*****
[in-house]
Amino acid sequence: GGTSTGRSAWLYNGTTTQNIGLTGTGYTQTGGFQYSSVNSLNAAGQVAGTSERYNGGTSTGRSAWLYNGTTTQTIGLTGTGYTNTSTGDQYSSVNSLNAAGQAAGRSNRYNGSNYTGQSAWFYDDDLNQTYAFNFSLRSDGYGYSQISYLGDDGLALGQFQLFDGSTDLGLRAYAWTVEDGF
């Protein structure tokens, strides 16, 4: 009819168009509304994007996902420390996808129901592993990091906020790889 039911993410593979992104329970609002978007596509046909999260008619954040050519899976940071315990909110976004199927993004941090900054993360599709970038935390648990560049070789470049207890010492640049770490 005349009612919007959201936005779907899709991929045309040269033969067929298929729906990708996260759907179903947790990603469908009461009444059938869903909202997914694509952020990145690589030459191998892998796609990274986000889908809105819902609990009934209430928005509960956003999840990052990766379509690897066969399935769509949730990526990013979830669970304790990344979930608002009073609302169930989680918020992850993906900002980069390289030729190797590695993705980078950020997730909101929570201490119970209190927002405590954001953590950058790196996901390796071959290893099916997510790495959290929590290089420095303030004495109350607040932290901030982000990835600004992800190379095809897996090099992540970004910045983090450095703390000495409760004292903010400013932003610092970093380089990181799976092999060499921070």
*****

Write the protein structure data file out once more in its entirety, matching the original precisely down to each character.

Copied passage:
[in-house]
Amino acid sequence: GGTSTGRSAWLYNGTTTQNIGLTGTGYTQTGGFQYSSVNSLNAAGQVAGTSERYNGGTSTGRSAWLYNGTTTQTIGLTGTGYTNTSTGDQYSSVNSLNAAGQAAGRSNRYNGSNYTGQSAWFYDDDLNQTYAFNFSLRSDGYGYSQISYLGDDGLALGQFQLFDGSTDLGLRAYAWTVEDGF
């Protein structure tokens, strides 16, 4: 009819168009509304994007996902420390996808129901592993990091906020790889 039911993410593979992104329970609002978007596509046909999260008619954040050519899976940071315990909110976004199927993004941090900054993360599709970038935390648990560049070789470049207890010492640049770490 005349009612919007959201936005779907899709991929045309040269033969067929298929729906990708996260759907179903947790990603469908009461009444059938869903909202997914694509952020990145690589030459191998892998796609990274986000889908809105819902609990009934209430928005509960956003999840990052990766379509690897066969399935769509949730990526990013979830669970304790990344979930608002009073609302169930989680918020992850993906900002980069390289030729190797590695993705980078950020997730909101929570201490119970209190927002405590954001953590950058790196996901390796071959290893099916997510790495959290929590290089420095303030004495109350607040932290901030982000990835600004992800190379095809897996090099992540970004910045983090450095703390000495409760004292903010400013932003610092970093380089990181799976092999060499921070």